has provisions to check Tiger dominance
By D. B. S. Jeyaraj
Some readers (Dayan Jayatilleke for
one) at least may recall that this column was one of the earliest to
be critical of efforts to forge a joint mechanism between the
roar - against each other
goes to town with SLPA funds
is rotten in the state of Sri Lanka
wants 'true freedom'
monks hijacking Buddhism
stations at President's House
rise and fall of a Sandanaya
victims' wrath over JVP's antics
search for peace and a race for arms in the sub continent (.....World
has provisions to check Tiger dominance
Pirapaharan and President Chandrika Kumaratunga
By D. B. S. Jeyaraj
Some readers (Dayan Jayatilleke for
one) at least may recall that this column was one of the earliest to
be critical of efforts to forge a joint mechanism between the
government and the Liberation Tigers of Tamil Eelam (LTTE) to cater
to the rehabilitation and reconstruction of the tsunami affected
regions of the North-Eastern Province. This column was concerned
about the powers to be given to the LTTE through the proposed joint
While not objecting to the principle of
sharing power with the LTTE in this respect, this column objected to
the Tigers being given authority in areas outside their sphere of
control and wanted the LTTE to be restricted only to their areas of
control. It was also urged that the international community remain
firm this time and insist through Colombo that the LTTE accept
universal standards of human rights, pluralism and democracy in
their administrative sphere.
These views were expressed as far back
as January 30th in an article headed "Tigers play for high
post-tsunami stakes." It must be stated that very little of the
form or content of the proposed mechanism was known at the time the
article was written. Much of what was stated then is relevant in the
current context where the envisaged joint mechanism now known as
Post-Tsunami Operational Management Structure (P-TOMS) has become
the eye of a political storm. Substantial excerpts from that article
are given below:
"A remarkable change, almost a sea
change seems to have come over in the LTTE approach towards current
issues. The LTTE is now very flexible on the question of setting up
a post-tsunami structure for the north-east. While wanting to head
the envisaged authority, the Tigers are prepared to accept three
joint chief coordinators representing the Tamil, Muslim and Sinhala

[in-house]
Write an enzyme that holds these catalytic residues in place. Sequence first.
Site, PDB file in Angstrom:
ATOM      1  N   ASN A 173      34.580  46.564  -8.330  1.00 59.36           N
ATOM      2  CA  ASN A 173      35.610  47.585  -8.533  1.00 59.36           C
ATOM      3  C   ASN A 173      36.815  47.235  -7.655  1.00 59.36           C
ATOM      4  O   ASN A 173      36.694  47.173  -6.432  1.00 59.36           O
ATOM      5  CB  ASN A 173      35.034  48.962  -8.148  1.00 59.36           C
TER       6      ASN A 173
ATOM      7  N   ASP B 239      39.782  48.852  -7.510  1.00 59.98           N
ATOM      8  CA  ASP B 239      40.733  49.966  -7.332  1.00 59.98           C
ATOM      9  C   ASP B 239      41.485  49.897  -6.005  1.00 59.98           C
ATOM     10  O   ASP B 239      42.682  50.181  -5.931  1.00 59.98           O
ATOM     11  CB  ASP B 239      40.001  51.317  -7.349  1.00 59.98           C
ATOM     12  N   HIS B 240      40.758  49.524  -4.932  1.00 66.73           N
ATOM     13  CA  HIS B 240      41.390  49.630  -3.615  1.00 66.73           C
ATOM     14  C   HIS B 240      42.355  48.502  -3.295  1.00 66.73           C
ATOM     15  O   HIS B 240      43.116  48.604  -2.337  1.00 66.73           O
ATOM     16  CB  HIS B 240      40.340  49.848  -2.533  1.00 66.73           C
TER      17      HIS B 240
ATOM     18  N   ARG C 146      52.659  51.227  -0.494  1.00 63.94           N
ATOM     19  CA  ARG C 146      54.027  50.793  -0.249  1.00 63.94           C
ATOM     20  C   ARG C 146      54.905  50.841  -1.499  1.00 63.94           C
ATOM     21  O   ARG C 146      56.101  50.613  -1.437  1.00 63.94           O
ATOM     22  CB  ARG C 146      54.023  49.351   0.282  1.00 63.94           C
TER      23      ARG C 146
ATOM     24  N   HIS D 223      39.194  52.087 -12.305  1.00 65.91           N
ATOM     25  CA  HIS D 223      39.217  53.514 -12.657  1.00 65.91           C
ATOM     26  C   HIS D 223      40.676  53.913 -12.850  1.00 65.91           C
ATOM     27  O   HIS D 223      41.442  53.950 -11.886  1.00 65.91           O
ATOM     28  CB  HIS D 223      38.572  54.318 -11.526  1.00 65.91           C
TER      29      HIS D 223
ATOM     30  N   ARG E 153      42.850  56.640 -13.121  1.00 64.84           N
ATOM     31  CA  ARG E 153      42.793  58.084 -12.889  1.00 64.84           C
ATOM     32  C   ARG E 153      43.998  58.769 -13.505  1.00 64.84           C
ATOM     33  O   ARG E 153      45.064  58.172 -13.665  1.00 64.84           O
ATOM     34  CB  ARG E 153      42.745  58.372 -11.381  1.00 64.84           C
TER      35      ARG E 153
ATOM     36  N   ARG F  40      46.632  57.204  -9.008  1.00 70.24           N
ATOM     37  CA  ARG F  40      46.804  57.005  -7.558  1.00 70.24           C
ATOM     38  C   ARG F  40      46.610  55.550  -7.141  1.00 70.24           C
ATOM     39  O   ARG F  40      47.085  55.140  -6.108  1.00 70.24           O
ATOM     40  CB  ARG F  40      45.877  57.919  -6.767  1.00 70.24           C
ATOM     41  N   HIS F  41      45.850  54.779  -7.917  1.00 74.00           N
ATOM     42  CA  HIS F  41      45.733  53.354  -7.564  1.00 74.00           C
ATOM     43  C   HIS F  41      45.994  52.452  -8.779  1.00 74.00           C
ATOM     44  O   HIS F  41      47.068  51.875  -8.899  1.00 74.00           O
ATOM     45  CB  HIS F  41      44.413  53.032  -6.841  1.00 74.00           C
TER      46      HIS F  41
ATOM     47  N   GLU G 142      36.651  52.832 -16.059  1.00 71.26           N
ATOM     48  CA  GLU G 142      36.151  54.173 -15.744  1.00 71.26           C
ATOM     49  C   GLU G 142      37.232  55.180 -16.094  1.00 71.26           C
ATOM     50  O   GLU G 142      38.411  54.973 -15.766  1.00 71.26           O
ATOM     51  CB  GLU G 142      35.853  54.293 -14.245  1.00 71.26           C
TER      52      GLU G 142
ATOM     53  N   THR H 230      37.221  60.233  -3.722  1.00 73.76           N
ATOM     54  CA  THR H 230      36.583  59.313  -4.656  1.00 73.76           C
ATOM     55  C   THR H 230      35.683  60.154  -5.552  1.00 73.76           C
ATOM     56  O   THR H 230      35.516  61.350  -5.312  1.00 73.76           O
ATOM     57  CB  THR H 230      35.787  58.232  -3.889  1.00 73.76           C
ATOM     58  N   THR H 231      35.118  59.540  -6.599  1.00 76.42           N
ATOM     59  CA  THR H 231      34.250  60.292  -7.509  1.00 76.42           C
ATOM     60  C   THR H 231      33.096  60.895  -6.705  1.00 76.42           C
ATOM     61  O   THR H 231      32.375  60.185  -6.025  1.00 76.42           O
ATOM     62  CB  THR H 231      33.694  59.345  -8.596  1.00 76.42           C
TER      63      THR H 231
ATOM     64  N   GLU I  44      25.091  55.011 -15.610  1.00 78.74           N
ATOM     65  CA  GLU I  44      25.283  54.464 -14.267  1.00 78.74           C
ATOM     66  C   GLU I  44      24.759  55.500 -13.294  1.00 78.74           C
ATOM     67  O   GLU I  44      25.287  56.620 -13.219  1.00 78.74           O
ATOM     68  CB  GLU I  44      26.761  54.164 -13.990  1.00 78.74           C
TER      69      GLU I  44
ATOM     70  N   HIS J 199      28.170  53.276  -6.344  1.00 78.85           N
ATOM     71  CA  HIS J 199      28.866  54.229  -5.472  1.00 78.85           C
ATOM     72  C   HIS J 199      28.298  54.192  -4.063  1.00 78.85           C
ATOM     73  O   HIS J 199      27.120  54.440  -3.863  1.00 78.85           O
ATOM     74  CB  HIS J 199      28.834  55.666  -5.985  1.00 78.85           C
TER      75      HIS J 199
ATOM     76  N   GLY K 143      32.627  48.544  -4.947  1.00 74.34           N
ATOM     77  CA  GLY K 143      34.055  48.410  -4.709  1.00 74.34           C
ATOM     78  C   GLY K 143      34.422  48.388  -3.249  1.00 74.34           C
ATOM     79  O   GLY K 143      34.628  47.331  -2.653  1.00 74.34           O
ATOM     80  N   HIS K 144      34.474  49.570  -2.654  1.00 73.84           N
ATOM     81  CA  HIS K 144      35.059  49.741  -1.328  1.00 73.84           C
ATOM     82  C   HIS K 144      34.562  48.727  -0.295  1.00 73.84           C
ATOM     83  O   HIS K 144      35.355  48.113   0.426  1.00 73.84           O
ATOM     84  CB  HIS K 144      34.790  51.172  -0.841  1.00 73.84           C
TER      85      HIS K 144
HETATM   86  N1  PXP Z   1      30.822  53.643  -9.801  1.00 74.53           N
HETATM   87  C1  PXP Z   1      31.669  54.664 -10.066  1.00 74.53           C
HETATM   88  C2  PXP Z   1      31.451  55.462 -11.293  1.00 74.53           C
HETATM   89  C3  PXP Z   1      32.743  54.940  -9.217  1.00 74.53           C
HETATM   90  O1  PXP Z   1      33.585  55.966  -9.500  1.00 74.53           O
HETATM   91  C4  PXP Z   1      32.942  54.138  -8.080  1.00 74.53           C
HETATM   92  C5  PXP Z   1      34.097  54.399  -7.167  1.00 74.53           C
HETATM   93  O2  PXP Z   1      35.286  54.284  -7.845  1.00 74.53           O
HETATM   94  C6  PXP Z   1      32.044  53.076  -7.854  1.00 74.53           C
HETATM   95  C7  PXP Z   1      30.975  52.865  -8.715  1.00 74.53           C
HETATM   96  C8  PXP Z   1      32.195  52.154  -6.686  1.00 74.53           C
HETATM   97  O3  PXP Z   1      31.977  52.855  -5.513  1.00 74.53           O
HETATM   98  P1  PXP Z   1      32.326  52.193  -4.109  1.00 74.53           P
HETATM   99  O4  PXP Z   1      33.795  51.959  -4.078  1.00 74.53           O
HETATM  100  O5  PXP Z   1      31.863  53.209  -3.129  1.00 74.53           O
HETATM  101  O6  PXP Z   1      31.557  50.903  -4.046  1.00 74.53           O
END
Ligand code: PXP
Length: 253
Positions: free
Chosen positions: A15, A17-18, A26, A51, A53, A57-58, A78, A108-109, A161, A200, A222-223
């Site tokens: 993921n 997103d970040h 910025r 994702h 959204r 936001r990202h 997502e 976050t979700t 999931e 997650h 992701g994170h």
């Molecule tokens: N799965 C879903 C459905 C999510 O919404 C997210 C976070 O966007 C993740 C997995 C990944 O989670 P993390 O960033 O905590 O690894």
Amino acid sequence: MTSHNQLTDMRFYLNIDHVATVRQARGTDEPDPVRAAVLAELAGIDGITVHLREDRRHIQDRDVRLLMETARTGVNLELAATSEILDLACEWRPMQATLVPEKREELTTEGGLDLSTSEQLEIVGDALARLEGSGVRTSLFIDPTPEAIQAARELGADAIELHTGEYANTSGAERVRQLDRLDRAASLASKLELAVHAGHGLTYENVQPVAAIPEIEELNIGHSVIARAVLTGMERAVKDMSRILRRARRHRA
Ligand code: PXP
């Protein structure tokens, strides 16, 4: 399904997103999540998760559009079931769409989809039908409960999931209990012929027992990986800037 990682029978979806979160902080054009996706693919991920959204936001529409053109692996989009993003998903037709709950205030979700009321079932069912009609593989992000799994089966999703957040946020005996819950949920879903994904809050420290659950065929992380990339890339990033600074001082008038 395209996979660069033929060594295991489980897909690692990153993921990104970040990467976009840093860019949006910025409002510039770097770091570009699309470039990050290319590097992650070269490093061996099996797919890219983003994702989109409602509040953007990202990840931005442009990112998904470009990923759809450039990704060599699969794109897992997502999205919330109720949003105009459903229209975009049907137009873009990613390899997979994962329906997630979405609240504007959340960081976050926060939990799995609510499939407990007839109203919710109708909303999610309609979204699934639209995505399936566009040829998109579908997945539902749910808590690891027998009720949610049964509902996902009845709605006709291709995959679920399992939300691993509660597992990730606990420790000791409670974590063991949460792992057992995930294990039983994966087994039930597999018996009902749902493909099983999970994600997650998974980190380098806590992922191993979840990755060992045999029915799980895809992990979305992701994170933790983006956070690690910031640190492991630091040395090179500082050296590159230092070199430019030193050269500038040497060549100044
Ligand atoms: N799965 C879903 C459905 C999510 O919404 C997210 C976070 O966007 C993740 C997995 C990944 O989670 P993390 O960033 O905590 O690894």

communities. It is also ready to set up a coordinating council
representing the affected six north-eastern districts with all three
It is premature to outline the final
framework of this envisaged set up. It will not be applicable to the
entire north-east but only to six affected districts. It will also
have specific powers restricted to limited relief related functions.
The state machinery in the form of government agents and deputies
will also be part of the structure. Whatever the 'minimal' powers
given there is no doubt that the LTTE will use it as a stepping
stone to enlarge their power. It will be easy because the
bureaucracy in those areas is a puppet, the population throttled and
elected MPs slave to the LTTE. When the ceasefire came into effect
the LTTE was only permitted to send unarmed political workers to
government areas. Three years later Tigers virtually rule the roost
in most Tamil areas of the north-east.
Theflexibility displayed by the Tigers
seems truly remarkable. It was only last December that the LTTE was
planning to announce quitting the ceasefire after Thai Pongal this
year. Now the same LTTE was ready to join the government in setting
up a joint mechanism. The peace process was stymied by the
insistence that an Interim Self-Governing Authority (ISGA) be set up
under sole LTTE control for the north-east. The LTTE was not
prepared to compromise or even accommodate power-sharing options on
the ISGA. The LTTE had been strongly opposed to accommodating the
Muslims as an equal third party in the talks. Now the Tigers were
ready to be more than generous to Muslim interests. Moreover the
LTTE is seemingly prepared to put the ISGA or nothing demand in cold
storage and opt for a task force type structure with limited and
The LTTE 'change' is all the more
interesting because of the visible 'U' turn even in the post-tsunami
phase. The LTTE and its propagandists overseas unleashed vicious
criticism of the government after the tsunami accusing it of blatant
discrimination. The LTTE and affiliated organisations wanted
international aid to bypass Colombo and be channelled directly to
them. Working together with the government seemed out of the
question. Now the LTTE is prepared to work with the same government
it vilified constantly.
The government for its part played